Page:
First Nations, farmers, conservationists join forces to stop Site C Dam proposal
Read this story from Larry Pynn of the Vancouver Sun on a coalition of First Nations, farmers and conservationists leading the charge to stop the proposed Site C Dam on the Peace River in northeast BC. (Dec. 12, 2012)
Aboriginals, farmers, and environmentalists are joining forces to defeat BC Hydro’s planned Site C dam on the Peace River.
They say the northeast has given up much for resource development — oil and gas, coal mining, logging, hydro power, and wind farms — and that the last best stretch of the Peace River should be permanently protected.
“Enough is enough,” Roland Willson, chief of the West Moberly First Nations, told The Vancouver Sun. “We need to slow down. It’s more important to maintain the integrity of what’s there than put it under water … all to expand the industrial footprint.”
Natives say they won’t be bought off by BC Hydro.
“This valley is priceless,” insisted Liz Logan, tribal chief of the Treaty 8 Tribal Association. “There is no amount of money or land they can give us.”
A new report by the David Suzuki Foundation and Global Forest Watch Canada finds there are 28,587 kilometres of pipelines, 45,293 kilometres of roads, and 116,725 kilometres of seismic lines used for oil and gas exploration within the Peace region.
Laid end to end, all these roads, pipelines and seismic lines would circle the Earth nearly five times, the report finds.
“This is not about NIMBY — not in our backyard,” Willson said. “Everything is in our backyard.”
Site C is a planned third dam and 1,100-megawatt hydroelectric generating station on the Peace River between Hudson’s Hope and Taylor. It is currently undergoing a joint provincial-federal environmental assessment process.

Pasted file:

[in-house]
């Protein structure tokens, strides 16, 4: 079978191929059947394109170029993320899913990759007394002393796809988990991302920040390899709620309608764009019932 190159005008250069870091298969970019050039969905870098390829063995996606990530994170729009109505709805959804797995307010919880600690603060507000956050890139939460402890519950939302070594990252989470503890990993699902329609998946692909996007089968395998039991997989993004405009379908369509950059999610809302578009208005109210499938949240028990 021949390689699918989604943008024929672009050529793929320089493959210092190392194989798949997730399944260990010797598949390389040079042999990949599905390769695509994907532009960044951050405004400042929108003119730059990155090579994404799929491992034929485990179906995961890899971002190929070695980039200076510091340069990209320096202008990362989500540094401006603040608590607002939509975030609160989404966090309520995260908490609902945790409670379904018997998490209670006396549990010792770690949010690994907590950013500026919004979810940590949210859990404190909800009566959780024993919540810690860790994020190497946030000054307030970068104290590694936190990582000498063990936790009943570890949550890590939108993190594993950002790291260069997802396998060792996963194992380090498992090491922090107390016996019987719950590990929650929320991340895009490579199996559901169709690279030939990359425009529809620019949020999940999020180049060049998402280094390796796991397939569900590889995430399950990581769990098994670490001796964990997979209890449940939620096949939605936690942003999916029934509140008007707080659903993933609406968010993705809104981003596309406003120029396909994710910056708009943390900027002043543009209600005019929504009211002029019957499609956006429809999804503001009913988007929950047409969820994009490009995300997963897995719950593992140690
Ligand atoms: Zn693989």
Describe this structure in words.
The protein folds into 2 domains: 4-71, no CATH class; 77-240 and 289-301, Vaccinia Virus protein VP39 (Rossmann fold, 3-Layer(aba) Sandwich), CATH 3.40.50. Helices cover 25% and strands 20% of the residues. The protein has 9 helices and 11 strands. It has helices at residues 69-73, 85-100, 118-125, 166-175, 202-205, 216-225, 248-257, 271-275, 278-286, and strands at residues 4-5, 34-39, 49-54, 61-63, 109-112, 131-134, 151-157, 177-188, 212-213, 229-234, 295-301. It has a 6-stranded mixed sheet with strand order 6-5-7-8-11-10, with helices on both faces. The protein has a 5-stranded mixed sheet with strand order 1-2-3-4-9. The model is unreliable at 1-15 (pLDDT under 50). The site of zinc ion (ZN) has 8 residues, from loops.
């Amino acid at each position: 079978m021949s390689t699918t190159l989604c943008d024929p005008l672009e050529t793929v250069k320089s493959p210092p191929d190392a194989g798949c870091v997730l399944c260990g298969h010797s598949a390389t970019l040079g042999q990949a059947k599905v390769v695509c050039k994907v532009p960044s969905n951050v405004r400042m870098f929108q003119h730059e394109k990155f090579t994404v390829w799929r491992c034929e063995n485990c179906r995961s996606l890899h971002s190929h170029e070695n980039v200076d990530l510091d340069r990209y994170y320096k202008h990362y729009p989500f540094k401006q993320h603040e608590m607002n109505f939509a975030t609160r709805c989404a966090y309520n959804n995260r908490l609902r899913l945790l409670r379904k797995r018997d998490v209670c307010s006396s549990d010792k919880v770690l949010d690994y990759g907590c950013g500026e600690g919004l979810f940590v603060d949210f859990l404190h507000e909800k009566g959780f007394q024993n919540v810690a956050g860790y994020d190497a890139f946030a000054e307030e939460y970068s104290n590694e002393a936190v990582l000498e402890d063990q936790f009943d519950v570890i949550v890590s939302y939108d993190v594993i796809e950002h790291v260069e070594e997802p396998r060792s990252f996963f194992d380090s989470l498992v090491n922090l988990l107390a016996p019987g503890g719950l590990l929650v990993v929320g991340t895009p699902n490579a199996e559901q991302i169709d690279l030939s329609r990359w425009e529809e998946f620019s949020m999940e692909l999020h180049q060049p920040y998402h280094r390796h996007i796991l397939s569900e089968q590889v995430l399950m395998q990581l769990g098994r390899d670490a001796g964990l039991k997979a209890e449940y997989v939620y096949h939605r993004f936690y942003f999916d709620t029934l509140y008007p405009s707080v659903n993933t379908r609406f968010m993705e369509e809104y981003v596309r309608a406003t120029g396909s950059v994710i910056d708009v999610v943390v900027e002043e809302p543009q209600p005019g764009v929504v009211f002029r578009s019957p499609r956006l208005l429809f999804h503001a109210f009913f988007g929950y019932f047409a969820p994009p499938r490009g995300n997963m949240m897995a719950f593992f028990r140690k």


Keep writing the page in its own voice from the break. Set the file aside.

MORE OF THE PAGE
BC Hydro says Site C is needed to meet future power demands, and predicts that the province’s electricity needs will grow by about 50 per cent over the next 20 years, driven by economic expansion and a projected population increase of more than one million residents.
The Crown corporation expects to deliver its environmental impact statement — thousands of pages of technical documents — early next year, after which the public has just 60 days to comment.
Willson emphasized that natives are not opposed to development in the northeast, but are drawing a line with the Site C dam.
“What we are opposed to is the flooding of that valley,” he said, calling for talks on alternative ways to meet B.C.’s energy needs,
Natives would prefer to win in the court of public opinion, but are prepared to take legal action if necessary to stop the dam.
“At the end of the day, if that’s what it takes, that’s where my nation is going to be,” he said. “We’ll go to court if we have to.”